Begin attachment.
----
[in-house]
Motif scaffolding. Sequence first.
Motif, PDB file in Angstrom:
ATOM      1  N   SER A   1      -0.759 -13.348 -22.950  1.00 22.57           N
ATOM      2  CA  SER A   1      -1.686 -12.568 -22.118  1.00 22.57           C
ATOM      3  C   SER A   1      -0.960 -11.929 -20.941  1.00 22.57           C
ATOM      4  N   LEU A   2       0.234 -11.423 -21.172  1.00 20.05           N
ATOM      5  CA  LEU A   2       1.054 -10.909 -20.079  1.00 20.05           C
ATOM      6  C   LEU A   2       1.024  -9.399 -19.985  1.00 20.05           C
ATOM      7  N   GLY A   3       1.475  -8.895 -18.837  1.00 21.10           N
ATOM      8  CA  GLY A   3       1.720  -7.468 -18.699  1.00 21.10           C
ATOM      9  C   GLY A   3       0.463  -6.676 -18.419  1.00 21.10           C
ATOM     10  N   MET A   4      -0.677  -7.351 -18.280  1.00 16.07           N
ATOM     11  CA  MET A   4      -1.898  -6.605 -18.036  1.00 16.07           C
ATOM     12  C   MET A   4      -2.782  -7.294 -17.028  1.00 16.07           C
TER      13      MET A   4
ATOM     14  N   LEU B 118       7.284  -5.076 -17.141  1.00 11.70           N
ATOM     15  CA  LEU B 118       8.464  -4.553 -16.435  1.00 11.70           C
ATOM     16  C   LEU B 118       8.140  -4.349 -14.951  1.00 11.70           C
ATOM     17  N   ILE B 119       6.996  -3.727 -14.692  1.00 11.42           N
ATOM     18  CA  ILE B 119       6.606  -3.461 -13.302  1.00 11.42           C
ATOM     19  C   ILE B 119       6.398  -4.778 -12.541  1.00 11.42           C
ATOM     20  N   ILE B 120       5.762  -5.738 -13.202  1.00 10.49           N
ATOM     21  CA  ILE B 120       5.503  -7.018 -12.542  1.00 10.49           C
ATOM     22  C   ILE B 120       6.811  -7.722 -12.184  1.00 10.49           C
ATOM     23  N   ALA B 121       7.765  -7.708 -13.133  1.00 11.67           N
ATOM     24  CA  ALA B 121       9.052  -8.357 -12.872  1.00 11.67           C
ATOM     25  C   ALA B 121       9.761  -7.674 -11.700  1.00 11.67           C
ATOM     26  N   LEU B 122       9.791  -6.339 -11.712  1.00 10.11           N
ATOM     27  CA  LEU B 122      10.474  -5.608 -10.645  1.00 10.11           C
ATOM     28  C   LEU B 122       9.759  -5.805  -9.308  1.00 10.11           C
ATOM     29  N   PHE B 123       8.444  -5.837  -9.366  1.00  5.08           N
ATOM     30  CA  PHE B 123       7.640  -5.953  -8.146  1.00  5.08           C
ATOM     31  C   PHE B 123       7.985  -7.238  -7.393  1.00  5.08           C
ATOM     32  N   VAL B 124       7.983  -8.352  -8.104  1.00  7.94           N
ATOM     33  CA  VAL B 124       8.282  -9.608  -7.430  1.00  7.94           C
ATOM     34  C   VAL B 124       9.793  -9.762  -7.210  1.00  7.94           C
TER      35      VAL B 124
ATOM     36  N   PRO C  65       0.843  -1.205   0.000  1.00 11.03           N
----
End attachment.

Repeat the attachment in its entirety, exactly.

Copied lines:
[in-house]
Motif scaffolding. Sequence first.
Motif, PDB file in Angstrom:
ATOM      1  N   SER A   1      -0.759 -13.348 -22.950  1.00 22.57           N
ATOM      2  CA  SER A   1      -1.686 -12.568 -22.118  1.00 22.57           C
ATOM      3  C   SER A   1      -0.960 -11.929 -20.941  1.00 22.57           C
ATOM      4  N   LEU A   2       0.234 -11.423 -21.172  1.00 20.05           N
ATOM      5  CA  LEU A   2       1.054 -10.909 -20.079  1.00 20.05           C
ATOM      6  C   LEU A   2       1.024  -9.399 -19.985  1.00 20.05           C
ATOM      7  N   GLY A   3       1.475  -8.895 -18.837  1.00 21.10           N
ATOM      8  CA  GLY A   3       1.720  -7.468 -18.699  1.00 21.10           C
ATOM      9  C   GLY A   3       0.463  -6.676 -18.419  1.00 21.10           C
ATOM     10  N   MET A   4      -0.677  -7.351 -18.280  1.00 16.07           N
ATOM     11  CA  MET A   4      -1.898  -6.605 -18.036  1.00 16.07           C
ATOM     12  C   MET A   4      -2.782  -7.294 -17.028  1.00 16.07           C
TER      13      MET A   4
ATOM     14  N   LEU B 118       7.284  -5.076 -17.141  1.00 11.70           N
ATOM     15  CA  LEU B 118       8.464  -4.553 -16.435  1.00 11.70           C
ATOM     16  C   LEU B 118       8.140  -4.349 -14.951  1.00 11.70           C
ATOM     17  N   ILE B 119       6.996  -3.727 -14.692  1.00 11.42           N
ATOM     18  CA  ILE B 119       6.606  -3.461 -13.302  1.00 11.42           C
ATOM     19  C   ILE B 119       6.398  -4.778 -12.541  1.00 11.42           C
ATOM     20  N   ILE B 120       5.762  -5.738 -13.202  1.00 10.49           N
ATOM     21  CA  ILE B 120       5.503  -7.018 -12.542  1.00 10.49           C
ATOM     22  C   ILE B 120       6.811  -7.722 -12.184  1.00 10.49           C
ATOM     23  N   ALA B 121       7.765  -7.708 -13.133  1.00 11.67           N
ATOM     24  CA  ALA B 121       9.052  -8.357 -12.872  1.00 11.67           C
ATOM     25  C   ALA B 121       9.761  -7.674 -11.700  1.00 11.67           C
ATOM     26  N   LEU B 122       9.791  -6.339 -11.712  1.00 10.11           N
ATOM     27  CA  LEU B 122      10.474  -5.608 -10.645  1.00 10.11           C
ATOM     28  C   LEU B 122       9.759  -5.805  -9.308  1.00 10.11           C
ATOM     29  N   PHE B 123       8.444  -5.837  -9.366  1.00  5.08           N
ATOM     30  CA  PHE B 123       7.640  -5.953  -8.146  1.00  5.08           C
ATOM     31  C   PHE B 123       7.985  -7.238  -7.393  1.00  5.08           C
ATOM     32  N   VAL B 124       7.983  -8.352  -8.104  1.00  7.94           N
ATOM     33  CA  VAL B 124       8.282  -9.608  -7.430  1.00  7.94           C
ATOM     34  C   VAL B 124       9.793  -9.762  -7.210  1.00  7.94           C
TER      35      VAL B 124
ATOM     36  N   PRO C  65       0.843  -1.205   0.000  1.00 11.03           N